When you have a three wire circuit like that, the neutral is of the most importance. Like Justin mentioned.... the neutral wires should be in a spliced connection with a tail to the receptacle.

If that neutral opens when the circuit is in operation you can get low voltage on one circuit and high on another.

Turn both circuits off. Remove the whites from the receptacle and splice them together with a short piece of the same gauge white. Connect the tail to the receptacle and you'll be good to go.
 
  #4  
Old 12-10-13, 06:40 AM
Member
Join Date: Mar 2010
Location: USA
Posts: 3,091
It may have been done to code back then (in 1975) but the revisions described above are in the current (National Electric) code to prevent your experiencing the sparking you just experienced.

When you are working on a multiwire branch circuit (with shared neutral), both halves need to be shut off while you are working.

When the incoming neutral and continuing neutral are attached to separate screws on a receptacle or other device then the matching hot(s) must be similarly attached to separate screws on the same device which would mean that if you removed the device thus breaking the neutral path, then the continuing hot path(s) will also be broken.
 
  #5  
Old 12-10-13, 02:04 PM
Member
Join Date: Nov 2013
Posts: 281
You guys better put a sticky up about multiwire branch circuits ... the posts have been popping up.
 
  #6  
Old 12-10-13, 02:58 PM
Nashkat1's Avatar
Member
Join Date: Mar 2012
Location: USA
Posts: 8,470
Welcome to the forums!

The receptacle had two white neutral wires connected to it, coming from two different bundles of 12-gauge Romex in the back of the box. There was a single black wire connected to the receptacle, plus a spliced ground from both bundles.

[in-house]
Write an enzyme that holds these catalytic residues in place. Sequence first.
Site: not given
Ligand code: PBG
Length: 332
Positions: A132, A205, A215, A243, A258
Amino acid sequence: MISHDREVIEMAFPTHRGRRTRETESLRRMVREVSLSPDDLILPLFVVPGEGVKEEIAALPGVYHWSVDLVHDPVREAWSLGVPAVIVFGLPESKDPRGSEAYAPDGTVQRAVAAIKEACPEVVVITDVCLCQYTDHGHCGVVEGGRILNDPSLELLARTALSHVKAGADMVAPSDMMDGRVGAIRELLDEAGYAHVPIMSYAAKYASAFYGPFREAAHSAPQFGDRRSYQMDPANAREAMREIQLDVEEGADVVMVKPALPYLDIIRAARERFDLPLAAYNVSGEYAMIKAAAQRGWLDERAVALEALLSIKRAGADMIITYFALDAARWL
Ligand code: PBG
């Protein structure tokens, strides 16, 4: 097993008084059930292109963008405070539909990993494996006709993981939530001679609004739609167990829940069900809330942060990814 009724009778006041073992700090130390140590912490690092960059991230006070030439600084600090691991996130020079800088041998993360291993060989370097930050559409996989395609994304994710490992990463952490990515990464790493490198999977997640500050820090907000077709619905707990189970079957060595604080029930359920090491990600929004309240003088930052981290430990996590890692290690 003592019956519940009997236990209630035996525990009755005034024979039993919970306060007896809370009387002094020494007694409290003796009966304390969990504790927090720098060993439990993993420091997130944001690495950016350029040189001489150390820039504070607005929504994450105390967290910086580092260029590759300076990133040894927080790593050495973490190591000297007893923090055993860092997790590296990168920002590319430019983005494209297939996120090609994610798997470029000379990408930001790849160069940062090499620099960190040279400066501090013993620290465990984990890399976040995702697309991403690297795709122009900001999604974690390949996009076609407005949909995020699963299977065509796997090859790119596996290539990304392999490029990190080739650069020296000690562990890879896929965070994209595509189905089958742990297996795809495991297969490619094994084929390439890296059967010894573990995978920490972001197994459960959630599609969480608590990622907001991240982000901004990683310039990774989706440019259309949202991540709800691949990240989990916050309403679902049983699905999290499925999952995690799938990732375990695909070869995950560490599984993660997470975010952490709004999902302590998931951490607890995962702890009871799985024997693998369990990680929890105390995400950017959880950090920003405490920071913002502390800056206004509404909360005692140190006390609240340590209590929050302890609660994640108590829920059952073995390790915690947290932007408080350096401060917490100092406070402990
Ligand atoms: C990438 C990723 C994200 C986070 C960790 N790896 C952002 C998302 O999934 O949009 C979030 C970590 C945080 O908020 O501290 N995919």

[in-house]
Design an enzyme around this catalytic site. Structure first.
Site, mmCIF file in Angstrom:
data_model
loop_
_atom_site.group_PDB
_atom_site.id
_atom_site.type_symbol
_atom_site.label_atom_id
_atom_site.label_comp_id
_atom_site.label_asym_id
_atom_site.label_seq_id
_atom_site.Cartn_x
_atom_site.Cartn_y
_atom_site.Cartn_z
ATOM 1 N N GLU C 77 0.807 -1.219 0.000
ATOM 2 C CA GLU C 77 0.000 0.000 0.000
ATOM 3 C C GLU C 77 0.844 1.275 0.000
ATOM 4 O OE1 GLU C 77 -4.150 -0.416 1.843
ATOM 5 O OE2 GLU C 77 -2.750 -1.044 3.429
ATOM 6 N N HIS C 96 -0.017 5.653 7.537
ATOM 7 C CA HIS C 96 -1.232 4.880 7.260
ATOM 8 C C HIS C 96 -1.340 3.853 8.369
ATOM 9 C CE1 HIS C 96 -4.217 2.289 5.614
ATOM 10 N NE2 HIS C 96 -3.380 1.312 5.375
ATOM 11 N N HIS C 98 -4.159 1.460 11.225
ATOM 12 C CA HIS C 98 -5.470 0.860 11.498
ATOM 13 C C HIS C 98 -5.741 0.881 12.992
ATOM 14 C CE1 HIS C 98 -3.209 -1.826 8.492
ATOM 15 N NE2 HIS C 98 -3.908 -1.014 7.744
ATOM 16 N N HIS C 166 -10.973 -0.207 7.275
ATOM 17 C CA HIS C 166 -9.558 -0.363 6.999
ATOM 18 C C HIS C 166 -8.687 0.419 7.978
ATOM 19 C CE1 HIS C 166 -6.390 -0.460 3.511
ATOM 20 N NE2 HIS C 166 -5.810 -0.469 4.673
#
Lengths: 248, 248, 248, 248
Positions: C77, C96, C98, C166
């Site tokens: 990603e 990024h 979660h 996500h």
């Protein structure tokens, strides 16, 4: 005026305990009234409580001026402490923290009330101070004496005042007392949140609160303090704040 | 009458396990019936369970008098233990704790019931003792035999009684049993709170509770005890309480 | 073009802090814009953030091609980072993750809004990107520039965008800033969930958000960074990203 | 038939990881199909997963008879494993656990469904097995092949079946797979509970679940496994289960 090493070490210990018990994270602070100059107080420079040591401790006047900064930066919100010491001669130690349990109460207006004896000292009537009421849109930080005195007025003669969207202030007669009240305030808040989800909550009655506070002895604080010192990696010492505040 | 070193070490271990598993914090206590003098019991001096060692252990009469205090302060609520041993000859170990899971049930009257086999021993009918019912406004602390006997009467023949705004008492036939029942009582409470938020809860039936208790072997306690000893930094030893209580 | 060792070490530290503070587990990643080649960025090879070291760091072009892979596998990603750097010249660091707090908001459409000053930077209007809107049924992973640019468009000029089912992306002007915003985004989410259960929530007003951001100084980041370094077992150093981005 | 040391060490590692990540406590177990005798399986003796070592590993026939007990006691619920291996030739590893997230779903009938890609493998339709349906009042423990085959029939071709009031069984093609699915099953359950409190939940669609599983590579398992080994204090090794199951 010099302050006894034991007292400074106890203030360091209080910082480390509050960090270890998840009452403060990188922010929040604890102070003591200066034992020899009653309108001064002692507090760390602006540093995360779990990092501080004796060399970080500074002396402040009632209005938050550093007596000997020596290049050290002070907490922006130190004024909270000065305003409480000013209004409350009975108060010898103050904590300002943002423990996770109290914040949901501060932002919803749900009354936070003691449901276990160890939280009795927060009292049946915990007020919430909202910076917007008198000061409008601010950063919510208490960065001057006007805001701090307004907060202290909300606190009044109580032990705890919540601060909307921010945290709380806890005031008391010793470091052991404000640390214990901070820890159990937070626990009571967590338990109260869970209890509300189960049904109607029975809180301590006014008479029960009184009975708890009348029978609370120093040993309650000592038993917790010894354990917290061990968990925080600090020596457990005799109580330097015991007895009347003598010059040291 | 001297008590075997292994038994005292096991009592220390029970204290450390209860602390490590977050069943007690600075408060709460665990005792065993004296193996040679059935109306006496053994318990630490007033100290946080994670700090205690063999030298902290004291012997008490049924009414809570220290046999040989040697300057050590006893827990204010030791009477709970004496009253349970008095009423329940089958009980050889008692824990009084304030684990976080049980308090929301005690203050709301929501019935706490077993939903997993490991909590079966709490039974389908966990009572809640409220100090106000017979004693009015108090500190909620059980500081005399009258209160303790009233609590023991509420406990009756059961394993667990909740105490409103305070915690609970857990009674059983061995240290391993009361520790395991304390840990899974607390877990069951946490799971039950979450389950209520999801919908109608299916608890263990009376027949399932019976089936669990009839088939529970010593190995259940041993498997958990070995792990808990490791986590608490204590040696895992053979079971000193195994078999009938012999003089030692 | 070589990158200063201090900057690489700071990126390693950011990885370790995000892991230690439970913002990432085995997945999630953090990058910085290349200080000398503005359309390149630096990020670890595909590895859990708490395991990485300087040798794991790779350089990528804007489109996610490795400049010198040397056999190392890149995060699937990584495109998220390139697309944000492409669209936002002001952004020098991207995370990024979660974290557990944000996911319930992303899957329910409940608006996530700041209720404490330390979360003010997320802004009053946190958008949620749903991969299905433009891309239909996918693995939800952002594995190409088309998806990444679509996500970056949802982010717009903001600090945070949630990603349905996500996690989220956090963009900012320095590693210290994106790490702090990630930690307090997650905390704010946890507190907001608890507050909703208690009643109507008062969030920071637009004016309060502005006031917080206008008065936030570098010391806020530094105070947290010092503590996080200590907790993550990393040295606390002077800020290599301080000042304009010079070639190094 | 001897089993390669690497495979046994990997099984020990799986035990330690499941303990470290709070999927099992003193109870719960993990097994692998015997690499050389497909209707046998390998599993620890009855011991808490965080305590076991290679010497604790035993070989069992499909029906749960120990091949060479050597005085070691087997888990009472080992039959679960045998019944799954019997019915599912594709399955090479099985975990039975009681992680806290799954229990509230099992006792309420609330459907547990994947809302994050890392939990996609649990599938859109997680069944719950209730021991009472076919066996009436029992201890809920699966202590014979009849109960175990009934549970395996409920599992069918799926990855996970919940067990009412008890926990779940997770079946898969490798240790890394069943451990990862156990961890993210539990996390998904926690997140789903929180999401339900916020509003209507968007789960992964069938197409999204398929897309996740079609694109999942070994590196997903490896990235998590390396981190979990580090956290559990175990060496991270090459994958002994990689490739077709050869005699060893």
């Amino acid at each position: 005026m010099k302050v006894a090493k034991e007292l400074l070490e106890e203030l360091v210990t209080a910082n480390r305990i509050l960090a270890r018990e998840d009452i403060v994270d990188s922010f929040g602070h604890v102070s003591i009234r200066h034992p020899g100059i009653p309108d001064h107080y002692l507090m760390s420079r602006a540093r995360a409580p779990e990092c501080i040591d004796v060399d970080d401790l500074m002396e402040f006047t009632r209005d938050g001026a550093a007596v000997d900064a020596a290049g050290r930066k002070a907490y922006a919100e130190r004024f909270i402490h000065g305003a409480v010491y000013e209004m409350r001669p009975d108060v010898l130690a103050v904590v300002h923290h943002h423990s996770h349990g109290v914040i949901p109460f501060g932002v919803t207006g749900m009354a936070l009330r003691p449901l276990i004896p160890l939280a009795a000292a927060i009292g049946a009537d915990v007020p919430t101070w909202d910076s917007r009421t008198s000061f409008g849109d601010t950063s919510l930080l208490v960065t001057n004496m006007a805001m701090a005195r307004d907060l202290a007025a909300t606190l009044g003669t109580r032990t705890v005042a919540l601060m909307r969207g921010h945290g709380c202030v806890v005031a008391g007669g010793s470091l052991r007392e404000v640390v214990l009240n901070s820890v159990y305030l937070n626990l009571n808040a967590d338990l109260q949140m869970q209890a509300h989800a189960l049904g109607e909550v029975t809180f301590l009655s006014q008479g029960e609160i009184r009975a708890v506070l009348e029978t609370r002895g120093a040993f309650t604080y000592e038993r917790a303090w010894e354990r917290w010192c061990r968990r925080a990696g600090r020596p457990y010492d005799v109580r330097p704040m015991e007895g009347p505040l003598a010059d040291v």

I assume you're referring to the two cables as "bundles." If so, I see two white wires, two ground wires and one black wire.

I'm wondering what happened to the other black wire? Is it, by any chance, spliced to a red wire in the other cable?

I'm wondering whether or not I ought to redo the counter plug circuit so it doesn't share a neutral wire with my dedicated refrigerator circuit.
There should be no need, and nothing really to be gained, by doing that, provided that you make the other improvements suggested here. That is, the two vertically adjacent single-pole breakers with their handles joined with a handle tie, and the neutrals spliced with a pigtail.

Your panel listing says that your refrigerator is on a dedicated circuit. It does not say that it's on an IG - Isolated or Independent Ground - circuit. So long as no other load shares the hot/neutral pair with the refrigerator, that's true.
 
  #7  
Old 12-10-13, 03:28 PM
Member
Thread Starter
Join Date: Dec 2013
Posts: 3
Thanks! I understand the situation much better now. I will splice/pigtail the neutrals and will handle-tie the two breakers.

As for the second black wire, I will look again, although I don't recall seeing any splices in the back of the box.

I appreciate all the help.
 
  #8  
Old 12-10-13, 04:04 PM
canuk's Avatar
Member
Join Date: Sep 2013
Posts: 293
This is the reason why codes changed to mandate the double breakers are common trip. This is to ensure if one circuit sharing the neutral goes down the other goes down to prevent an unbalanced load and for safety to anyone working on one of the circuits.
 
  #9  
Old 12-10-13, 04:49 PM
Member
Join Date: Nov 2013